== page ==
Harsham to Stay at Wsu Pending Allegation Checks
By David E. Kepple
Dayton Daily News (Ohio)
April 19, 1994
The Rev. Ellis N. Harsham will remain a campus minister at Wright State University while church officials continue to review allegations of sexual abuse against the 52-year-old priest.
At a Monday news conference, Cincinnati Archbishop Daniel Pilarczyk confirmed the archdiocese reached an out-of-court settlement with a former Cincinnati man who claimed Harsham sexually abused him when he was a teen-ager. The diocese has said the settlement was not an admission of wrongdoing.
"The lives and the hearts of many people have been affected by this lawsuit," Pilarczyk said. "Father Harsham, in particular, has suffered much, as has his family and those to whom he ministers."
The amount of settlement was confidential.
Harsham's attorney, Thomas W. Miller of Cincinnati, issued a brief statement that characterized the settlement as a "business decision" by the archdiocese, with the settlement terms being "far less than the cost of bringing this matter to trial."
"Father Harsham feels confident that he would have been vindicated," by a trial, Miller said.
The statement made no reference to the ongoing review of other allegations, but did say, "Father Harsham looks forward to the opportunity to get on with his pastoral duties and continue with his life's work."
The settlement ends the whirlwind of legal action that began in November, when Steven J. Cook filed a $ 10 million lawsuit, saying he was sexually abused by Harsham, who now lives in Beavercreek, and Cardinal Joseph Bernardin of Chicago. Cook, now 34 and living in Philadelphia, dropped the accusations against Bernardin in February.
Cook's lawsuit brought worldwide publicity and prompted other accusations of improprieties during Harsham's tenure at three area schools - Carroll High School in Riverside, Badin High School in Hamilton and St. Gregory Seminary in Cincinnati, where Cook was a student in the 1970s. Cincinnati attorney Andrew S. Lipton, one of Cook's lawyers, said Monday that he knows of "six to 12 individuals" who came forward with allegations of sexual misconduct.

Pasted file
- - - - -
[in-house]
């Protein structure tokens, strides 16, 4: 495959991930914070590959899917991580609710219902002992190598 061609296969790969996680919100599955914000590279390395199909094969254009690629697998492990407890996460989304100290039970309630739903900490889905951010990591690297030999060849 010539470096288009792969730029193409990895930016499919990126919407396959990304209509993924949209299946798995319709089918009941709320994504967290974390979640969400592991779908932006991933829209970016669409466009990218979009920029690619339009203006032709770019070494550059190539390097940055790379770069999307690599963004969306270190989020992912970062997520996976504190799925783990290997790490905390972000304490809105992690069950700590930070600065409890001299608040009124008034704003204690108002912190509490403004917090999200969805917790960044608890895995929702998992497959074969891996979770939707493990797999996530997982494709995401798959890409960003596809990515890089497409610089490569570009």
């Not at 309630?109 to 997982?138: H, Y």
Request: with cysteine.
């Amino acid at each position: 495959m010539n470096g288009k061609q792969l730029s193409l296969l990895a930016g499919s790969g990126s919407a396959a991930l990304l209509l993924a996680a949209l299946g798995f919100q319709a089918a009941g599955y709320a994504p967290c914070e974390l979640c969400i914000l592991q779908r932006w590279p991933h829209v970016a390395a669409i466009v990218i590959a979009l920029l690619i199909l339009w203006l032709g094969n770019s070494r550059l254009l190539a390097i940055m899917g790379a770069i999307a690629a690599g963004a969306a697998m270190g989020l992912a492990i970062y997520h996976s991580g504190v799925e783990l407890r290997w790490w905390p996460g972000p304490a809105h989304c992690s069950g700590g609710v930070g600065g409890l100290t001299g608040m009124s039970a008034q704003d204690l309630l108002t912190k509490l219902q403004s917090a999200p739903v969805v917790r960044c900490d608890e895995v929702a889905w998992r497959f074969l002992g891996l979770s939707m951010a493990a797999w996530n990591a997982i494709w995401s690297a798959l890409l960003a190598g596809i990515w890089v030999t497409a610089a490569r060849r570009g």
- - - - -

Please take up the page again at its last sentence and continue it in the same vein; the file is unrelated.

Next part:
Lipton said the identity of a number of these individuals was disclosed to the archdiocese in the course of pre-trial preparation.
Pilarczyk acknowledged that allegations of improper behavior by Harsham have been lodged with the archdiocese.
"The archdiocese is reviewing these allegations in accordance with the archdiocesan Decree on Child Abuse," the archbishop said.
The archbishop said Cook "retracted several allegations" against Harsham during the course of the lawsuit and that Cook's "remaining allegations" against Harsham are still unproven. Harsham's attorney made a similar comment.
Lipton, however, said he is unaware of any retractions by Cook.
"When the dismissal of the claims against Bernardin were put on the record, we agreed to amend the complaint - to delete all reference to Bernardin," Lipton said. "In doing that, we therefore deleted the allegation that Harsham took Cook to see Bernardin (at Bernardin's living quarters, where Cook originally claimed he had sex with Bernardin).
"I would not characterize that as a retraction and I cannot think of anything else that they would be referring to."
Pilarczyk said he is glad the lawsuit has been settled and said he will continue to pray for Cook, who has an advanced case of AIDS.
"The archdiocese will continue to treat all allegations of child abuse with concern for the needs of the alleged victim and respect for the rights of the accused," Pilarczyk added.
But Barbara Blaine, founding president of the Survivors Network of those Abused by Priests, criticized Pilarczyk for leaving Harsham at Wright State.
"Our question is: Why is he still in ministry while the investigation is going on?" said Blaine, a Toledo native who now lives in Chicago. "Victims want to make sure that the perpetrator is not in a place where he can abuse anyone else, and that's one of the things that I think is really sad about this case. Harsham is still in ministry and he's around young people."
Wright State spokeswoman Lynnette Heard said Harsham is an employee of the archdiocese - not the university - so his employment status is at the discretion of church officials.
She has said, too, that the university has not received complaints about Harsham.
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